dandeliongreenslarge.jpg Dandelion Greens

Also from Belle of Maine (which apparently specializes in canning off-kilter veggies) comes dandelion greens. Oddy enough, these are the very same dandelions that always ruin your yard- only more expensive! The greens are best bought in cans, however, because they have such a short harvesting season (after they start growing, but before the plants flower). Whether you enjoy the taste or not, dandelion greens are definitely worth eating; they're rich in vitamins A and C and a cup contains more calcium cup-for-cup than cottage cheese. The greens are very popular in France (not always a solid endorsement for palatable food), where they're often sautéed with bacon and garlic.

Big thanks to Kara Kovalchik for her legwork!

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iStock // Ekaterina Minaeva
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Man Buys Two Metric Tons of LEGO Bricks; Sorts Them Via Machine Learning
May 21, 2017
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iStock // Ekaterina Minaeva

Jacques Mattheij made a small, but awesome, mistake. He went on eBay one evening and bid on a bunch of bulk LEGO brick auctions, then went to sleep. Upon waking, he discovered that he was the high bidder on many, and was now the proud owner of two tons of LEGO bricks. (This is about 4400 pounds.) He wrote, "[L]esson 1: if you win almost all bids you are bidding too high."

Mattheij had noticed that bulk, unsorted bricks sell for something like €10/kilogram, whereas sets are roughly €40/kg and rare parts go for up to €100/kg. Much of the value of the bricks is in their sorting. If he could reduce the entropy of these bins of unsorted bricks, he could make a tidy profit. While many people do this work by hand, the problem is enormous—just the kind of challenge for a computer. Mattheij writes:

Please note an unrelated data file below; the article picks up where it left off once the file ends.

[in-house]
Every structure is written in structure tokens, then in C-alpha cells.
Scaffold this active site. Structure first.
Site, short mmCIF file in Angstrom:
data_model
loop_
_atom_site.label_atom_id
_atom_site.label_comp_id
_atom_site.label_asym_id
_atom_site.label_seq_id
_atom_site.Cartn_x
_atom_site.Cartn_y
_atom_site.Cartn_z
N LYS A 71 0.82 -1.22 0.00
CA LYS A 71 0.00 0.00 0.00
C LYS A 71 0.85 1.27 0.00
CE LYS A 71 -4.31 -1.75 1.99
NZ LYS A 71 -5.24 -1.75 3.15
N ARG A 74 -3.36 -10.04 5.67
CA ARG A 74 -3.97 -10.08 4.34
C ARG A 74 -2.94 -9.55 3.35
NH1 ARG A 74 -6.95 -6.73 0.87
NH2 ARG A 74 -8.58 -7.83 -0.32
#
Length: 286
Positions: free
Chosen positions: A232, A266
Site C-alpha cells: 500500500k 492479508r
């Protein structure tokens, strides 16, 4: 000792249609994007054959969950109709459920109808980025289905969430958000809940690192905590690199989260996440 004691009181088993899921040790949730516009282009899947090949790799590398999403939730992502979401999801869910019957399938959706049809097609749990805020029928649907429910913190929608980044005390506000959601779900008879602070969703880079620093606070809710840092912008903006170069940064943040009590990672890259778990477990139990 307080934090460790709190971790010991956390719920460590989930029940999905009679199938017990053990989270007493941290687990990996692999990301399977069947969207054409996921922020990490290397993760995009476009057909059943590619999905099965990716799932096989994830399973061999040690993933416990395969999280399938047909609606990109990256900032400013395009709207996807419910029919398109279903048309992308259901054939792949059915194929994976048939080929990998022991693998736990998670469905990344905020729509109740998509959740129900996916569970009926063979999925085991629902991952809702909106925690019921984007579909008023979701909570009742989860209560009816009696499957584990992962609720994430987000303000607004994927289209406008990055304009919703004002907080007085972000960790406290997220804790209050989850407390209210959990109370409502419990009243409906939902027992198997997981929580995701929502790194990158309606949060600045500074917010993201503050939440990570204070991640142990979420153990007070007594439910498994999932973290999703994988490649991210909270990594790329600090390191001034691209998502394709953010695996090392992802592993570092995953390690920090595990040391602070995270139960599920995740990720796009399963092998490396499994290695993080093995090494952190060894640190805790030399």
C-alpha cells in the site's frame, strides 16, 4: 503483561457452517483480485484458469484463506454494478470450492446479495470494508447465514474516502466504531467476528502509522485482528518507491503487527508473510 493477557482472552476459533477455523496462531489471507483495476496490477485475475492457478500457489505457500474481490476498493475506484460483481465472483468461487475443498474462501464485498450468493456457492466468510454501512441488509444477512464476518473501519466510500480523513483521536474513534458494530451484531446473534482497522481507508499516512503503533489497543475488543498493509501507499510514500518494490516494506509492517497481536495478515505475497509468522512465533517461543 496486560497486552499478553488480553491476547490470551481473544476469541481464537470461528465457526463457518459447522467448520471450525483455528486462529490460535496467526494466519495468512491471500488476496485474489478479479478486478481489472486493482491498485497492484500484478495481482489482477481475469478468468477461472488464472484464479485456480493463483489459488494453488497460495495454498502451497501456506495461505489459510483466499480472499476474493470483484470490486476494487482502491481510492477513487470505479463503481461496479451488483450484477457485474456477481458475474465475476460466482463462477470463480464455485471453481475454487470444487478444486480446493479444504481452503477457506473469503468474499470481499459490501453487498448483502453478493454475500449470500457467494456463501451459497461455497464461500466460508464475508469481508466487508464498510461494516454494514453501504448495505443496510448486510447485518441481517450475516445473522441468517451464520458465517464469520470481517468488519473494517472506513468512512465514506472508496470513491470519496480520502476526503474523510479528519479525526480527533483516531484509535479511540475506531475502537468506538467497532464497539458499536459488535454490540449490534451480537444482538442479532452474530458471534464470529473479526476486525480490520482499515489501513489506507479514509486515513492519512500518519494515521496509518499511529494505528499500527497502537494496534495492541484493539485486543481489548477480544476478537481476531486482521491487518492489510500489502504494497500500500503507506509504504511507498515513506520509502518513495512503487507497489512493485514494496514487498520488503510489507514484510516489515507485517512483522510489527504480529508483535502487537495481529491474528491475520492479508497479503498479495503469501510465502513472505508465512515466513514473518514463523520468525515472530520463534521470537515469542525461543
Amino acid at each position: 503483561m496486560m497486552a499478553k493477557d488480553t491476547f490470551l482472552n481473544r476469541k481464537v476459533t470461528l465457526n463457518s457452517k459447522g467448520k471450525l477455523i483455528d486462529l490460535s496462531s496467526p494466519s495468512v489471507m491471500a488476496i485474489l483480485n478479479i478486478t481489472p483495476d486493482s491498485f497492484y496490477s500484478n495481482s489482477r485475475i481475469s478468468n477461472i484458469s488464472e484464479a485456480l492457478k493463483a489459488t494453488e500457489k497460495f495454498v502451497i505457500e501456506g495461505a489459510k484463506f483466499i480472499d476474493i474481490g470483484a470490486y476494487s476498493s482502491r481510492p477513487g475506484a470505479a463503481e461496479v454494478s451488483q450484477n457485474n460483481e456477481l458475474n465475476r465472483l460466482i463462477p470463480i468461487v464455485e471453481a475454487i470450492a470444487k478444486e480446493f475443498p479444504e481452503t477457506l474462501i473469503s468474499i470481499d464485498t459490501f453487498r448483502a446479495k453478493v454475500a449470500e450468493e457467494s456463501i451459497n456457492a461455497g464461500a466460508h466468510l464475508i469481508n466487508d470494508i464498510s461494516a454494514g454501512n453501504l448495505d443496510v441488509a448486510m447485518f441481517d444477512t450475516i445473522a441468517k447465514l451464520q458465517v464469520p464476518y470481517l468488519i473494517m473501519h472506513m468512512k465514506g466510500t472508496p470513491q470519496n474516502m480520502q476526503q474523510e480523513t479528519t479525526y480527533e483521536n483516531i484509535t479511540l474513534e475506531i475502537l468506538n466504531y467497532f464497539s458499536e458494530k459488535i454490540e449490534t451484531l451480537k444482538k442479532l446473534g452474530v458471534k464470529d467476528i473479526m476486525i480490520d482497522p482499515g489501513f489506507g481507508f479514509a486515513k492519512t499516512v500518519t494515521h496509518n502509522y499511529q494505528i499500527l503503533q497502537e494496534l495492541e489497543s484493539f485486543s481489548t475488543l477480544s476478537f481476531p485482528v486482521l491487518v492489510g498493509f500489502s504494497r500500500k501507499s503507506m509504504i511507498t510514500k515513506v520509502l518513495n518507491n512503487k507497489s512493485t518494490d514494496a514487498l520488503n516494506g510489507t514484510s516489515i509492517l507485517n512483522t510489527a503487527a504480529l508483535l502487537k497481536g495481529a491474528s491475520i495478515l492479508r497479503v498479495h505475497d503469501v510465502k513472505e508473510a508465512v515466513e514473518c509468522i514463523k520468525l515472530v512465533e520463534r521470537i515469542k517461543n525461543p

There are 38000+ shapes and there are 100+ possible shades of color (you can roughly tell how old someone is by asking them what lego colors they remember from their youth).

In the following months, Mattheij built a proof-of-concept sorting system using, of course, LEGO. He broke the problem down into a series of sub-problems (including "feeding LEGO reliably from a hopper is surprisingly hard," one of those facts of nature that will stymie even the best system design). After tinkering with the prototype at length, he expanded the system to a surprisingly complex system of conveyer belts (powered by a home treadmill), various pieces of cabinetry, and "copious quantities of crazy glue."

Here's a video showing the current system running at low speed:

The key part of the system was running the bricks past a camera paired with a computer running a neural net-based image classifier. That allows the computer (when sufficiently trained on brick images) to recognize bricks and thus categorize them by color, shape, or other parameters. Remember that as bricks pass by, they can be in any orientation, can be dirty, can even be stuck to other pieces. So having a flexible software system is key to recognizing—in a fraction of a second—what a given brick is, in order to sort it out. When a match is found, a jet of compressed air pops the piece off the conveyer belt and into a waiting bin.